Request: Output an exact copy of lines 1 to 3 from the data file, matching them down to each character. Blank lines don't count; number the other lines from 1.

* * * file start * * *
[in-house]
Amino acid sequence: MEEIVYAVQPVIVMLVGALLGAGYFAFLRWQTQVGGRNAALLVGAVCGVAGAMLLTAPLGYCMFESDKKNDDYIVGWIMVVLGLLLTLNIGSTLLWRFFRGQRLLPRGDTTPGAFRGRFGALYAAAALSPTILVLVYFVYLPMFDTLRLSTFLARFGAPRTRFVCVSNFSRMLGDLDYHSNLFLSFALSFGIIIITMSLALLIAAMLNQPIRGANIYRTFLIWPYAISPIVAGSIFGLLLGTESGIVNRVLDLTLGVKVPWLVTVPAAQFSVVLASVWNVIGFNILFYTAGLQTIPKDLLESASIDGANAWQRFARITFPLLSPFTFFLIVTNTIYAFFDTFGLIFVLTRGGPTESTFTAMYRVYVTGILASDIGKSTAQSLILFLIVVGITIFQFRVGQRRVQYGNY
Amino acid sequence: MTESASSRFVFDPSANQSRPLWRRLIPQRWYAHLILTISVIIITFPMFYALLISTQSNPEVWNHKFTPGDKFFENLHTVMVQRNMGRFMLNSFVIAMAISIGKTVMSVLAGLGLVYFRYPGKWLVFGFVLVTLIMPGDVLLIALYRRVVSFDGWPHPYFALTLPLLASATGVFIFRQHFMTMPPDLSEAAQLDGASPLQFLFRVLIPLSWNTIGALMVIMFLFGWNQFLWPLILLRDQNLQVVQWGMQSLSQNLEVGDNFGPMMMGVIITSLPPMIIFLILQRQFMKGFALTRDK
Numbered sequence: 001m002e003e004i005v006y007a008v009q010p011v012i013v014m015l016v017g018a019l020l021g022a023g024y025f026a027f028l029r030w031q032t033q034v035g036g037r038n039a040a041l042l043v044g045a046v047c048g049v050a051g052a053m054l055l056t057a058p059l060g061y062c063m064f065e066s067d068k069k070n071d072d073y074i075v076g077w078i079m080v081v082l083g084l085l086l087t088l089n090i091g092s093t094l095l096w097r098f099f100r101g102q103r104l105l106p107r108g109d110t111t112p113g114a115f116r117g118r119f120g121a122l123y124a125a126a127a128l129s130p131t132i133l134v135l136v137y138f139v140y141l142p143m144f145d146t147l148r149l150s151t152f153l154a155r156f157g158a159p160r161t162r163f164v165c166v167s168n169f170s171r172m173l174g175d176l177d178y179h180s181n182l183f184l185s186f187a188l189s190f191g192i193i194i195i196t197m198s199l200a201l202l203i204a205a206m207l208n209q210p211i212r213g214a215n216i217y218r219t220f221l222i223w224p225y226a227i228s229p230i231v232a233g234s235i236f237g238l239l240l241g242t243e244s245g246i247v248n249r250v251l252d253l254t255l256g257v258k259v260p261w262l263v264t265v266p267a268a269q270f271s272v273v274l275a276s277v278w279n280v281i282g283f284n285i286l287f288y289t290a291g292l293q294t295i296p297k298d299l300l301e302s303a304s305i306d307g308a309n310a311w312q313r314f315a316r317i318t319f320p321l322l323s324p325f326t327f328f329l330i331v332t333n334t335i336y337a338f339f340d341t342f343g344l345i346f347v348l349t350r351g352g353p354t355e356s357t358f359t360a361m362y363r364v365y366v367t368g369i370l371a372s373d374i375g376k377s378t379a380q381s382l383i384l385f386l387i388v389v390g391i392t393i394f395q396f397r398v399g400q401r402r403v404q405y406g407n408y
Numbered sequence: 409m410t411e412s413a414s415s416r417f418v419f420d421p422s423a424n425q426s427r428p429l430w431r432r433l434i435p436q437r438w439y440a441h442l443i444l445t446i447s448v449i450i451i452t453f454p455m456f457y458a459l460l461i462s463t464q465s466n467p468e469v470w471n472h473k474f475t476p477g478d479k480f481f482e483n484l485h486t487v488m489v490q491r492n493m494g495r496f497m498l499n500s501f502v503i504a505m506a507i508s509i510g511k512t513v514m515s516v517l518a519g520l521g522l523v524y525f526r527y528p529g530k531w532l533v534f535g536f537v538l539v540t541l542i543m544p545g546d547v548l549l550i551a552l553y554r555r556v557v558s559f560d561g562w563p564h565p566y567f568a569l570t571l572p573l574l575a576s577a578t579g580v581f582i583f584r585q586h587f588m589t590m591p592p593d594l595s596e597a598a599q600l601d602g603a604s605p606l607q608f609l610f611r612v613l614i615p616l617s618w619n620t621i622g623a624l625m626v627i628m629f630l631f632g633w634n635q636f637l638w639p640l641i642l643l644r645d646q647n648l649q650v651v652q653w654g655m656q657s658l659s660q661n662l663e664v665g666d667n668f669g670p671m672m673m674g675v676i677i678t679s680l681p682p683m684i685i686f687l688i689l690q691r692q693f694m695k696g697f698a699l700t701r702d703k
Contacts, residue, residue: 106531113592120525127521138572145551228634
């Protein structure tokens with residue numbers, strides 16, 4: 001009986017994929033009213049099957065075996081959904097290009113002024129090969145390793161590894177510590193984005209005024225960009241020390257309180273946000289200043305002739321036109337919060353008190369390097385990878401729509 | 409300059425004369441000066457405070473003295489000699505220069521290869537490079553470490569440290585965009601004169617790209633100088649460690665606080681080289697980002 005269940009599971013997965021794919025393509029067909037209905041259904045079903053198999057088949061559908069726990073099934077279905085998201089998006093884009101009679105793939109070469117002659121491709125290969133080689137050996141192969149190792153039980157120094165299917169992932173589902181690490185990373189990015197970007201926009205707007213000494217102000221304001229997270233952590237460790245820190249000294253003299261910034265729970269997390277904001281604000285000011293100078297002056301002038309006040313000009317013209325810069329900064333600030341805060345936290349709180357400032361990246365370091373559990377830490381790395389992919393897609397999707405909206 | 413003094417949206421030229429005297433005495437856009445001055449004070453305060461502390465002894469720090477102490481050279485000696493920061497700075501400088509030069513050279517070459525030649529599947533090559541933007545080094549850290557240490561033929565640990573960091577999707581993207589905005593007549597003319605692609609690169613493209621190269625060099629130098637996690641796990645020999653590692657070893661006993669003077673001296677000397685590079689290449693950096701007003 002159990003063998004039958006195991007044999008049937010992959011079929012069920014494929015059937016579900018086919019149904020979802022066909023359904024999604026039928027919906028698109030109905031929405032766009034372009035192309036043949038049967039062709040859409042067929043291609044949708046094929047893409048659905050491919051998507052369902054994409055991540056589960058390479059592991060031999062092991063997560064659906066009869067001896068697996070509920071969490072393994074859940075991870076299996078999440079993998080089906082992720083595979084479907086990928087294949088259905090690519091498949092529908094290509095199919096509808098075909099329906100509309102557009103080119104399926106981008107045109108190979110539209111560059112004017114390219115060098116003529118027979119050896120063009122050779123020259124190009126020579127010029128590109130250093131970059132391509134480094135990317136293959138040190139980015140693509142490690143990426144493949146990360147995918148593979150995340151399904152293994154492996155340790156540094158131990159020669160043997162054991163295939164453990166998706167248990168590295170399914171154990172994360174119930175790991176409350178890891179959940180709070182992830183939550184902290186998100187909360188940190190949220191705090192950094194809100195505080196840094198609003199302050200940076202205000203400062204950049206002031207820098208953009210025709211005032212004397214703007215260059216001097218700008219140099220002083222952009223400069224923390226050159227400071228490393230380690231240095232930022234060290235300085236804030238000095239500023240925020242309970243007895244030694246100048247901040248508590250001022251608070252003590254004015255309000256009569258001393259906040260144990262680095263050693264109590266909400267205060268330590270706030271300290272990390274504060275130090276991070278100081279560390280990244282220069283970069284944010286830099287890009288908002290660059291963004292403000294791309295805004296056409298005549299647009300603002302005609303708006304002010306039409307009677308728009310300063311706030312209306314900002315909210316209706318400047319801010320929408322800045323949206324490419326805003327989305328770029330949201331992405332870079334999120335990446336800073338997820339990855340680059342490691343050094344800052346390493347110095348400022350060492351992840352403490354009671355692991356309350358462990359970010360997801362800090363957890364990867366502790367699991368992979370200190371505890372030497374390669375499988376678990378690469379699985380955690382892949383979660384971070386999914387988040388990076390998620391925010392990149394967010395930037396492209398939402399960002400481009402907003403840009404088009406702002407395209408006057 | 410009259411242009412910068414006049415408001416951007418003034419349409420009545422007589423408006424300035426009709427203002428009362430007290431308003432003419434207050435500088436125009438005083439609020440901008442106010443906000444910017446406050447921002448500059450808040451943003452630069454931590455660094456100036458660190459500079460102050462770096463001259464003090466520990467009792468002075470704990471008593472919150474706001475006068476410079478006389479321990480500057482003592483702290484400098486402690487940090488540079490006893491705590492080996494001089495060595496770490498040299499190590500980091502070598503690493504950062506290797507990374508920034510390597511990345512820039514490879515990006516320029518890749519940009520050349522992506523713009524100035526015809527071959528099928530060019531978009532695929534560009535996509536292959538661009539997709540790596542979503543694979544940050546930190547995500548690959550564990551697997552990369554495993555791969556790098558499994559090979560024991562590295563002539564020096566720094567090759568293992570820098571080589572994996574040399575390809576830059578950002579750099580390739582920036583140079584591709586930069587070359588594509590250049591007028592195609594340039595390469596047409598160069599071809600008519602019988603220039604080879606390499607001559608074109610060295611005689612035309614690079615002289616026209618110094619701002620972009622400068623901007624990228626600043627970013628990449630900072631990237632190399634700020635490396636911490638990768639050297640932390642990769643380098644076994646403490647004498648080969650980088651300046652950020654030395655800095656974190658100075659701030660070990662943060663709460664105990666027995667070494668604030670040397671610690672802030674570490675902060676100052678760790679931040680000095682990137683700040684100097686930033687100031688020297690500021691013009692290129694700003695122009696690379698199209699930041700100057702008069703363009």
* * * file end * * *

[in-house]
Amino acid sequence: MEEIVYAVQPVIVMLVGALLGAGYFAFLRWQTQVGGRNAALLVGAVCGVAGAMLLTAPLGYCMFESDKKNDDYIVGWIMVVLGLLLTLNIGSTLLWRFFRGQRLLPRGDTTPGAFRGRFGALYAAAALSPTILVLVYFVYLPMFDTLRLSTFLARFGAPRTRFVCVSNFSRMLGDLDYHSNLFLSFALSFGIIIITMSLALLIAAMLNQPIRGANIYRTFLIWPYAISPIVAGSIFGLLLGTESGIVNRVLDLTLGVKVPWLVTVPAAQFSVVLASVWNVIGFNILFYTAGLQTIPKDLLESASIDGANAWQRFARITFPLLSPFTFFLIVTNTIYAFFDTFGLIFVLTRGGPTESTFTAMYRVYVTGILASDIGKSTAQSLILFLIVVGITIFQFRVGQRRVQYGNY
Amino acid sequence: MTESASSRFVFDPSANQSRPLWRRLIPQRWYAHLILTISVIIITFPMFYALLISTQSNPEVWNHKFTPGDKFFENLHTVMVQRNMGRFMLNSFVIAMAISIGKTVMSVLAGLGLVYFRYPGKWLVFGFVLVTLIMPGDVLLIALYRRVVSFDGWPHPYFALTLPLLASATGVFIFRQHFMTMPPDLSEAAQLDGASPLQFLFRVLIPLSWNTIGALMVIMFLFGWNQFLWPLILLRDQNLQVVQWGMQSLSQNLEVGDNFGPMMMGVIITSLPPMIIFLILQRQFMKGFALTRDK